I have now been living in the US for four months, which is weird on so many levels. On the one hand, it doesn’t feel that long ago that I was living in Japan. That the life I see my friends posting on Facebook was the life I led: a life of festivals, sushi, and dealing with student antics. On the other hand, it feels like a life ago. I’m different and the same, as is the way of human nature, right? Part of my first two months of living here was a struggle to figure out who “Living in Colorado with her parents” Jodi was. I was very familiar with “living in St. Louis with her parents” Jodi was and while that Jodi was who I needed to be at the time, she wasn’t who I needed to be now.
And “Japanese Jodi: isn’t someone that can function well here. That was the hardest part of adjusting to life here, I think. For one, the amount of English was really overwhelming at first. Everyone chuckles when I say that, but let me explain. In Japan, not only is English like a secret language you can get away with using with your other English-speaking friends in front of the vast majority of people, but it’s also kind of like a buzzer that someone is demanding your attention. For example, if I was on one side of the convenience store and my American friend was on the other, they could say something at a normal conversational volume, and I would instantly tune it because if there was English going on, it was meant for me. Also, if there was random English, it could be a Japanese person who was trying to get your attention. Basically, if I heard any English, it meant I was being addressed. And over the course of four years you get very good at locking onto that quickly because it stands out so much against the sound of Japanese.
When I moved to the US, there was no background noise for the first week or so. There is a reason why our brains filter out so much as unimportant: we have only so much attention to expend and it’s exhausting trying to devote it to all sounds. But now I’m used to it. Most English fades into the background, but I still have trouble reading on the train if someone is having a conversation or listening to loud music nearby. I still forget words in English from time to time and the Japanese word creates a mental block for a few minutes until I work past it, but overall my transition to living here has been going well. (I have the biggest issue remembering the word ‘sometimes’ and the phrase ‘it’ll be tight,’ in relation to timing.)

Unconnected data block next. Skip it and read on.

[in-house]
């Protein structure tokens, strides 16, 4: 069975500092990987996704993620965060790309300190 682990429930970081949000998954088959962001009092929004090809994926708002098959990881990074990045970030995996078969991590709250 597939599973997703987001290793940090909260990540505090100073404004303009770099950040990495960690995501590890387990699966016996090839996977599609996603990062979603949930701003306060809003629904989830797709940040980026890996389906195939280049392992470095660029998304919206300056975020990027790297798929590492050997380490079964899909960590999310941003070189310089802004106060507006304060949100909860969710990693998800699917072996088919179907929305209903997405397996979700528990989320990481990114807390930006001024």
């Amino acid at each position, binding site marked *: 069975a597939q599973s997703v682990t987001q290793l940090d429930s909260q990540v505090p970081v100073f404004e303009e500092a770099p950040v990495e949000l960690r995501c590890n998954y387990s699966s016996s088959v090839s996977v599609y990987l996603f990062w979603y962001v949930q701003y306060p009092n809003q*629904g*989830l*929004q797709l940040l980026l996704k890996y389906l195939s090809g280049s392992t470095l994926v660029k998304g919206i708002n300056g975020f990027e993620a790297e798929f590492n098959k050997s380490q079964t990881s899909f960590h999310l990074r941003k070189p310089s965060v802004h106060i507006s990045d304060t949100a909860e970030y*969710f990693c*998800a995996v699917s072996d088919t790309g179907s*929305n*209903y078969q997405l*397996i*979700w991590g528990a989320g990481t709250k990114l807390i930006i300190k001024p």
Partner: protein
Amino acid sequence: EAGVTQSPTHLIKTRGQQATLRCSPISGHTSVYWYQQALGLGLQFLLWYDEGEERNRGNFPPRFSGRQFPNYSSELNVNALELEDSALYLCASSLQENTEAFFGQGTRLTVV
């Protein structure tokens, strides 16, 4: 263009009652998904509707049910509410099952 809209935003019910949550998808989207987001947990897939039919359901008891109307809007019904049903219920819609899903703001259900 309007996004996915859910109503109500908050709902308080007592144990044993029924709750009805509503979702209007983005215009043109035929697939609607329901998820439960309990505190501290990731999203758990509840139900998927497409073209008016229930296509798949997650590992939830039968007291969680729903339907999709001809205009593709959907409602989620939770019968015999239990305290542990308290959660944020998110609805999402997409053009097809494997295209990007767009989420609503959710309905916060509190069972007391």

I haven’t posted in months for a couple reasons: I didn’t feel like what I was doing was interesting enough to post, I wasn’t doing much, and most importantly, I didn’t feel up to it. Then, once significant things started happening, I got too busy and mentally exhausted to write.
I am currently working as an Enrollment Services Advisor for an online university. What that fancy title means is that I make a bunch of phone calls (over 200 on bad days) and try to get one of the people from our database to talk to me for more than a millisecond. The people in our database have all expressed an interest in the past, either by going directly to our website to request more information or by clicking on something that said they would be interested in learning more about online school in general. Despite this initial interest, most don’t want to really talk to me about it. And even those who seemed like they were honestly interested when I did manage to get them on the phone have a tendency to ghost me thereafter.
It can be a stressful and mind-numbing job sometimes. But there are other times when you get someone on the phone and really connect. You get to know them and they realize you’re actually invested in helping them get their degree. Those conversations make the jobs doable. I am responsible for getting to know the potential students to make sure they would be a good fit, helping them through the application, and helping them succeed in their first class.
On the bad days, the days when I don’t talk to anyone and end up making several hundred dials, I end up doing origami or something with my hands while I dial. The problem is I like to make origami things, but I hate the clutter they create on my desk. Therefore, like a really slow moving earthquake, the effects of my origami production can be seen on the cubicles surrounding me in an ever expanding circle. I have had people who don’t know me, but see the origami stuff on someone else’s desk, come over and request one of their own. Which increases the number of people who see the origami, then in turn request their own. It’s a self-perpetuating cycle and it keeps my mind and hands active.